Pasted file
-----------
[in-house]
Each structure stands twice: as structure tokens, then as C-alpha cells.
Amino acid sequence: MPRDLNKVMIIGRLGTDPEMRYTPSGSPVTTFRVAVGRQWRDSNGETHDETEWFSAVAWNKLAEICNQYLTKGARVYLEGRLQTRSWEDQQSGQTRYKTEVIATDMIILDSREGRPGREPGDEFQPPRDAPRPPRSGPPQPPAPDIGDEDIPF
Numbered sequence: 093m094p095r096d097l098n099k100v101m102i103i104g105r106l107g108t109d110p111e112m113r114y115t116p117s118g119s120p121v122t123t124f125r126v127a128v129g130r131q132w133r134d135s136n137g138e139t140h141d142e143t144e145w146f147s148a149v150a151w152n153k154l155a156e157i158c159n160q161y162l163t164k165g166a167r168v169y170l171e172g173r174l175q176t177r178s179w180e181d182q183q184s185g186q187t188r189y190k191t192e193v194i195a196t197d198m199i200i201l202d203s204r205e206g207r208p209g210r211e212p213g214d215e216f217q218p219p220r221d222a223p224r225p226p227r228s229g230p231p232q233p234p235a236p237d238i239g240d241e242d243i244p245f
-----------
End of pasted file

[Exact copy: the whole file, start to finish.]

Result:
[in-house]
Each structure stands twice: as structure tokens, then as C-alpha cells.
Amino acid sequence: MPRDLNKVMIIGRLGTDPEMRYTPSGSPVTTFRVAVGRQWRDSNGETHDETEWFSAVAWNKLAEICNQYLTKGARVYLEGRLQTRSWEDQQSGQTRYKTEVIATDMIILDSREGRPGREPGDEFQPPRDAPRPPRSGPPQPPAPDIGDEDIPF
Numbered sequence: 093m094p095r096d097l098n099k100v101m102i103i104g105r106l107g108t109d110p111e112m113r114y115t116p117s118g119s120p121v122t123t124f125r126v127a128v129g130r131q132w133r134d135s136n137g138e139t140h141d142e143t144e145w146f147s148a149v150a151w152n153k154l155a156e157i158c159n160q161y162l163t164k165g166a167r168v169y170l171e172g173r174l175q176t177r178s179w180e181d182q183q184s185g186q187t188r189y190k191t192e193v194i195a196t197d198m199i200i201l202d203s204r205e206g207r208p209g210r211e212p213g214d215e216f217q218p219p220r221d222a223p224r225p226p227r228s229g230p231p232q233p234p235a236p237d238i239g240d241e242d243i244p245f